This is probably most important of all. If the engine, suspension etc. has been altered, can the buyer be truly sure that it is safe? Buyers have to retail these cars at some point and don’t always wish to go to the expense of putting things right if it’s a ‘botched job’, so any rectifications the buyer will have to make before resale will again likely be removed from the value of the vehicle.

How to Sell Modified Cars

Often, the biggest problem with selling a modified car is finding a buyer. As mentioned in the above section, modifying your car can significantly refine your buyer base. It’s fair to say that most domestic buyers who are in the market for a new vehicle are looking for something a little more predictable than a modified car.

Luckily, we provide a quick and simple service that allows you to sell any car to us, regardless of modifications. Simply begin by heading to our car valuation page, there you will be able to enter your reg number along with some other simple details and find out how much your car is worth. Once you receive your initial online quote, you can then book an appointment at one of our 200+ UK branches, meaning there’s sure to be one within a short drive of your location.

Your online valuation will last for 7 days, starting from the day you get your initial online car valuation; be sure to read our guide to the 7 day guarantee for tips on why it’s useful and how to use it to your advantage.

At your appointment you can sell your modified car to us quickly and easily, just be sure to bring as much of the service history and relevant paperwork as possible so we can see what work has been carried out on the vehicle.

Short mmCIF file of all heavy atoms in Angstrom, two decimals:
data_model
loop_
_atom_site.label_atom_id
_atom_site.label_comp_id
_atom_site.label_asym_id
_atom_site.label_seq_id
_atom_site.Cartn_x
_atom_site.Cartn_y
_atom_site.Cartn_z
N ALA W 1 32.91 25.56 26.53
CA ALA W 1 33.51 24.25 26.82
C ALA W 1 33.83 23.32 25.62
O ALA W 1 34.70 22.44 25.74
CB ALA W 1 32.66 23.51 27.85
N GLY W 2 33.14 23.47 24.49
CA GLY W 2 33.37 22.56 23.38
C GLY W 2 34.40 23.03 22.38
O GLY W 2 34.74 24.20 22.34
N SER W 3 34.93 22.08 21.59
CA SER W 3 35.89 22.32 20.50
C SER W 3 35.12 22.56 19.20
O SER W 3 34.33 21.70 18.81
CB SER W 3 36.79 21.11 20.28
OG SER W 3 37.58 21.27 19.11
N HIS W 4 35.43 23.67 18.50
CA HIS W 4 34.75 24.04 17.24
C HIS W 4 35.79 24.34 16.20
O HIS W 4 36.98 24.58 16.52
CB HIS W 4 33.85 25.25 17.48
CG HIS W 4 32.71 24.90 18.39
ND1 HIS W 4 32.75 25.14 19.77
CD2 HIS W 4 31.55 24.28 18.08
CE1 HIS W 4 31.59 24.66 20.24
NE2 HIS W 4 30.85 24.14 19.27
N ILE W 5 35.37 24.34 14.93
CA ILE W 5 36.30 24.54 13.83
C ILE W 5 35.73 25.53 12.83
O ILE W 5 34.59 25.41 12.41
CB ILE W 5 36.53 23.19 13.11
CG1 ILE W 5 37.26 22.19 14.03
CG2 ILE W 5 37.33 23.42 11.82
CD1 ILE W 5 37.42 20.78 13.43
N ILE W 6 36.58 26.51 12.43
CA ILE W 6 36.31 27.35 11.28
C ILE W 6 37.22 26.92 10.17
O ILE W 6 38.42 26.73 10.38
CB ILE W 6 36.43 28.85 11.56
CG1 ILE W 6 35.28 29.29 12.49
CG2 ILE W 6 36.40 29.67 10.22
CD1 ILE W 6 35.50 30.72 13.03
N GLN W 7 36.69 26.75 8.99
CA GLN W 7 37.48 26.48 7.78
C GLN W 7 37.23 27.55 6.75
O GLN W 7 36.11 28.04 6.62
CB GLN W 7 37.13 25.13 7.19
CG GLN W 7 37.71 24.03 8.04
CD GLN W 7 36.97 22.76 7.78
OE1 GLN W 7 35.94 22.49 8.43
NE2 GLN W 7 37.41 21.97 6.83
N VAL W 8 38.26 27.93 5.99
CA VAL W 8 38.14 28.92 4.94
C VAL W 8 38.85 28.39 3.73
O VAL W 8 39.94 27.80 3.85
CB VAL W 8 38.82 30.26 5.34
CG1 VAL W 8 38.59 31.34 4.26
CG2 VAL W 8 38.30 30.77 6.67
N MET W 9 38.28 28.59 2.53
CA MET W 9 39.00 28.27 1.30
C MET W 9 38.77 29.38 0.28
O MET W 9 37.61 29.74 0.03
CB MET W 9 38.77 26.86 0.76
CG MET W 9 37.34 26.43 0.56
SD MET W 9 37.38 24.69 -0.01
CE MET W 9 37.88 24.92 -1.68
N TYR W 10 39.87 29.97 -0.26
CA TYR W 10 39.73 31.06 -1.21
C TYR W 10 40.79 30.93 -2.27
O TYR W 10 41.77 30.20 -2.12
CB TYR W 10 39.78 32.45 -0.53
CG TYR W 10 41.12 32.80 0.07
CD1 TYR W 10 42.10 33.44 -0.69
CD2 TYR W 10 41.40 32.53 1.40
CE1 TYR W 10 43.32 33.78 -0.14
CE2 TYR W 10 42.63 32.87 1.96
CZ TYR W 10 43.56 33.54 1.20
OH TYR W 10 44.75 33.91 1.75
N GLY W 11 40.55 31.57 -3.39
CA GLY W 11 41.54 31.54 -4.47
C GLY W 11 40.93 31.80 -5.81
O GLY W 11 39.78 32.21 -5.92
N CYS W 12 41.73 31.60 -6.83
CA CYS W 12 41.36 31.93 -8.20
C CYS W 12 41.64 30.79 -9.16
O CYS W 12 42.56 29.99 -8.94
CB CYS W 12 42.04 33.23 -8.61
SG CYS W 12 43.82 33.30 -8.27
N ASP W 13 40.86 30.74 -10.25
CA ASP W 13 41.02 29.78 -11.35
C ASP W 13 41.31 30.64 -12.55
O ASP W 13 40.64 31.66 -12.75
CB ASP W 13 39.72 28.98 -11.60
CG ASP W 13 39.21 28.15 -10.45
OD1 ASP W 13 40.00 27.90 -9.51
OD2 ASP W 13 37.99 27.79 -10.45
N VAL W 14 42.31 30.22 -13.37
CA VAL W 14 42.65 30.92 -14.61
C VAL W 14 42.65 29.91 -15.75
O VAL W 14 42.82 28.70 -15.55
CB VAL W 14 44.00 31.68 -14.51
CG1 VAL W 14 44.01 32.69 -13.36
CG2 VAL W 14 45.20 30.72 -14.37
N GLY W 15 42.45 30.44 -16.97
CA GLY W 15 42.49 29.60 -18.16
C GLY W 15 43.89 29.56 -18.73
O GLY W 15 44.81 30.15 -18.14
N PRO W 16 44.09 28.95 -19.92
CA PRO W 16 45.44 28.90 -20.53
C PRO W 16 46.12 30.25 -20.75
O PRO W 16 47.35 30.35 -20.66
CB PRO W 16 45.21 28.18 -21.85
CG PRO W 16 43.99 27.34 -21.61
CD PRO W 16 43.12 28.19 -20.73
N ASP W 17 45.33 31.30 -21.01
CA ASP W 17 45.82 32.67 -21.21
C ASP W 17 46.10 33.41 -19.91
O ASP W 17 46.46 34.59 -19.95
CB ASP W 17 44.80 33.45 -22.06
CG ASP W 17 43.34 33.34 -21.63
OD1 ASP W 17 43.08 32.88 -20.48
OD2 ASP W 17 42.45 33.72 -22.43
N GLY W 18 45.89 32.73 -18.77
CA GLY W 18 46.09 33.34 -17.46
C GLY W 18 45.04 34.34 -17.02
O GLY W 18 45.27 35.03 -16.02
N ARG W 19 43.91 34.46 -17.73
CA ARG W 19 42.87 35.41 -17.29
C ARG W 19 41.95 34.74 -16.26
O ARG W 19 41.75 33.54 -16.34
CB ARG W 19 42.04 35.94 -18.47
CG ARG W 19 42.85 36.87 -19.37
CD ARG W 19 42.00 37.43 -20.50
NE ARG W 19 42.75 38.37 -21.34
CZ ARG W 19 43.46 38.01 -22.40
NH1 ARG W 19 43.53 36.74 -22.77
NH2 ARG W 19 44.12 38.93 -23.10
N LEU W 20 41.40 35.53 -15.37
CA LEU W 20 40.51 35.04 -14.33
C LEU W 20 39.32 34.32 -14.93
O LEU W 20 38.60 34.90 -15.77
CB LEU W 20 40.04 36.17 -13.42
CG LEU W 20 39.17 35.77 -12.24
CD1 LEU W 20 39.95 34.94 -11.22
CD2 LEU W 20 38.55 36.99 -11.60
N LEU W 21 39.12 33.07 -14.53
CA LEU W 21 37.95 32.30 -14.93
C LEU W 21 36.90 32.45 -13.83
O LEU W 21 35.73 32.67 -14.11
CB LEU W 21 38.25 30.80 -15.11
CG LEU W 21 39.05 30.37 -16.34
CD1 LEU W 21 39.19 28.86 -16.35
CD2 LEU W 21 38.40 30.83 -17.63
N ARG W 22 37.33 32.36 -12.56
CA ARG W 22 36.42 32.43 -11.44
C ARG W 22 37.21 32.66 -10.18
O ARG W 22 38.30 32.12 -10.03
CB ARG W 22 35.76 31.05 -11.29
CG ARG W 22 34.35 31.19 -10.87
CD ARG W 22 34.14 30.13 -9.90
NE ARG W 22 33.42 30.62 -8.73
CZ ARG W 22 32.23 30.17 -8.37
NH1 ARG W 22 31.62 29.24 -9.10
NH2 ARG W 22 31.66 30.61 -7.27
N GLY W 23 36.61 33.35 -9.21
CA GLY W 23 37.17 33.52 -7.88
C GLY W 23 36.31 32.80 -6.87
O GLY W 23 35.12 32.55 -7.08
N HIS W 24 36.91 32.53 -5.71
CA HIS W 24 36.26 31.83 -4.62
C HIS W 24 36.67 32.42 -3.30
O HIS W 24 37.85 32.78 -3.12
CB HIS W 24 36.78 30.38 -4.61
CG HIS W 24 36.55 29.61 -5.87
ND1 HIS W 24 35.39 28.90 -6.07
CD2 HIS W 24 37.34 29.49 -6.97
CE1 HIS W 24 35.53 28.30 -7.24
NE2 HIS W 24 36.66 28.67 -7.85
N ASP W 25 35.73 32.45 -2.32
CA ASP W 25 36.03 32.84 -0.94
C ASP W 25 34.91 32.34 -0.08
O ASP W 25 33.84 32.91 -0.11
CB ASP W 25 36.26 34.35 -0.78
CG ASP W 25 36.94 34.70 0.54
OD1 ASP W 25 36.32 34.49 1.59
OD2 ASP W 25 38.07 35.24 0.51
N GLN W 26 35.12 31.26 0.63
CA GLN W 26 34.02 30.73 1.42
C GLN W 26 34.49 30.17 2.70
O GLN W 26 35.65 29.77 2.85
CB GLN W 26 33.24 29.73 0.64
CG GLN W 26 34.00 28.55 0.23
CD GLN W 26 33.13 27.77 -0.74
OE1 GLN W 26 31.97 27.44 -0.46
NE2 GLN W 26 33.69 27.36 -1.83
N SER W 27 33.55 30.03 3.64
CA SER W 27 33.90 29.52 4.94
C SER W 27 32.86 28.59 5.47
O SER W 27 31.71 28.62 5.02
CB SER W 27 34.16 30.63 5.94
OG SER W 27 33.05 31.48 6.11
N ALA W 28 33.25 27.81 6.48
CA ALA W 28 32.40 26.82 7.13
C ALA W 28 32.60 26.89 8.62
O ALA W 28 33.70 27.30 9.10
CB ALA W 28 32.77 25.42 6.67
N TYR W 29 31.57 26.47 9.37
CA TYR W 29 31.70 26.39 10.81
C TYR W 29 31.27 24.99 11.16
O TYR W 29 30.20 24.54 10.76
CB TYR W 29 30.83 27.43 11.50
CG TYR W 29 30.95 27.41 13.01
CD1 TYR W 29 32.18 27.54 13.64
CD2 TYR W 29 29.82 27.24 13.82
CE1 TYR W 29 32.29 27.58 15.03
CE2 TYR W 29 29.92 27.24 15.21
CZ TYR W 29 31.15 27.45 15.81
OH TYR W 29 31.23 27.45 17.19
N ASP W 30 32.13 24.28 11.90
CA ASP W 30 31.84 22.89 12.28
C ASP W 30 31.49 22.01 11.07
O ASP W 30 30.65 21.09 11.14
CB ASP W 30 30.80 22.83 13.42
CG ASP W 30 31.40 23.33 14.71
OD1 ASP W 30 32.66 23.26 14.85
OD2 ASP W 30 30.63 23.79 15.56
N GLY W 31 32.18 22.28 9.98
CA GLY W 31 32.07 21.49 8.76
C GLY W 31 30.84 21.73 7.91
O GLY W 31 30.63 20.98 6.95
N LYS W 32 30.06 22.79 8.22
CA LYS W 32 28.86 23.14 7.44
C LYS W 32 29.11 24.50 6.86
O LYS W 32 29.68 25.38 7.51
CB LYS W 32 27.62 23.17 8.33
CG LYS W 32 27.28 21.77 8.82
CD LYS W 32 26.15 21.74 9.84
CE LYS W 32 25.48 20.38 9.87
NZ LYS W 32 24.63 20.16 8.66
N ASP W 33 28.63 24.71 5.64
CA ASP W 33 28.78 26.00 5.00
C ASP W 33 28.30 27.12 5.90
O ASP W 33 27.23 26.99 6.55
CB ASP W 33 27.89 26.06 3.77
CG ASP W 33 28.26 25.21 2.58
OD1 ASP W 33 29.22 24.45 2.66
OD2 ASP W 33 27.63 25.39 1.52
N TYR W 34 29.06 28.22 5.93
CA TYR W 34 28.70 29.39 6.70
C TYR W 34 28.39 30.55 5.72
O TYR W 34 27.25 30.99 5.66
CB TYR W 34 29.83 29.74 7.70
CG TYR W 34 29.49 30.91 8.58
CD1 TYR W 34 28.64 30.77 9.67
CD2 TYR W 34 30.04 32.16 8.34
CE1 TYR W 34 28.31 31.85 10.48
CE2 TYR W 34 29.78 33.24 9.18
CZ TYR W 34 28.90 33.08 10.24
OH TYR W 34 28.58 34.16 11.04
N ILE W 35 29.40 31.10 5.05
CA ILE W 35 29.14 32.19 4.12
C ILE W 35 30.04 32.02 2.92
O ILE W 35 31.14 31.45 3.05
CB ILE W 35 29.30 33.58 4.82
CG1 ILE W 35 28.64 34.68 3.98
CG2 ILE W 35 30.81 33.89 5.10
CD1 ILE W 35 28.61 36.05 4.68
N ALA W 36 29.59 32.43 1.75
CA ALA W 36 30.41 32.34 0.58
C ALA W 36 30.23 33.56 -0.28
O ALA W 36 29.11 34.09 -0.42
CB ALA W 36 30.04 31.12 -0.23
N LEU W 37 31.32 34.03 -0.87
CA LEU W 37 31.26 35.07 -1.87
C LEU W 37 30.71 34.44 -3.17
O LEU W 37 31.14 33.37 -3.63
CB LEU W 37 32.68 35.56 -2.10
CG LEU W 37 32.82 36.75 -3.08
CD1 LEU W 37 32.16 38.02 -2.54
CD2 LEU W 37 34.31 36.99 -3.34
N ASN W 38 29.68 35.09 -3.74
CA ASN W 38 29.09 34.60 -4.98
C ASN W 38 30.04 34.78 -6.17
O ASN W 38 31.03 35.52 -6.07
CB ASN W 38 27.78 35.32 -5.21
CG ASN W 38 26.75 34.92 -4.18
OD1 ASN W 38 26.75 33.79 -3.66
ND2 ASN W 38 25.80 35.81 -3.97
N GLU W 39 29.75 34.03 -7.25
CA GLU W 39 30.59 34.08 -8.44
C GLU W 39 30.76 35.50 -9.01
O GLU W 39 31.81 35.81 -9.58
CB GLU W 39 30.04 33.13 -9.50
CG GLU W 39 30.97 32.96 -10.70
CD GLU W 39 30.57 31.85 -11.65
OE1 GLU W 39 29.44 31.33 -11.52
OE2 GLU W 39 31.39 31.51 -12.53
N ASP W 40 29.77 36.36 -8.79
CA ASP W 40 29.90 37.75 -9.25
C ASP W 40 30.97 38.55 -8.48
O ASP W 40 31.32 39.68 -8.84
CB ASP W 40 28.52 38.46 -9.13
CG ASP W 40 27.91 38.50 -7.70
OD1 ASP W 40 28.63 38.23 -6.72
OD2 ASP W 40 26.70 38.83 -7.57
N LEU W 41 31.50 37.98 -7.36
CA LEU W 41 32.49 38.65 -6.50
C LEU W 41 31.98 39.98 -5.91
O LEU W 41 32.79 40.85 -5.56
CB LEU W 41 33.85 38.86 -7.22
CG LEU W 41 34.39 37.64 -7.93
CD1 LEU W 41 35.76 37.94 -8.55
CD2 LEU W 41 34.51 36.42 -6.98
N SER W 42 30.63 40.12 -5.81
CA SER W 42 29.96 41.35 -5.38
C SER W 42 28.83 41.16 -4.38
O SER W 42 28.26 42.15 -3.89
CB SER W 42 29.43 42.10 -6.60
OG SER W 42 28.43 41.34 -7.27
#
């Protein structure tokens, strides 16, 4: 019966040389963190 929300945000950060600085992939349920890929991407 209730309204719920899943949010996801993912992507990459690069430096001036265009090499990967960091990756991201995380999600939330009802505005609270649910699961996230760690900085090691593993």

What You Need to Bring to Your Appointment

So, if you’re happy with your online quote and want to dodge all of the hassle that comes with selling a car privately (which is especially prominent when trying to sell a modified car privately), then you came to the right place!

As mentioned above, simply book an appointment to see one of our friendly expert vehicle purchasers at your local webuyanycar.com branch (our appointment-booking system will show following your online car valuation) and be sure to bring the following items along to your appointment:

  • V5 Logbook/reg certificate
  • Service history and MOT certificates
  • Any paperwork or service history regarding modifications or customisations made to the car
  • Both sets of car keys if possible
  • Bank details of car owner/seller
  • Finance settlement letter if appropriate
  • Essential extras including wheel locking nut, radio security codes etc.

The more we know about the modifications made to the car, the better idea we have about any work or repairs that may need to be carried out on the vehicle, which will likely result in a better final valuation than a customised car with no official documentation.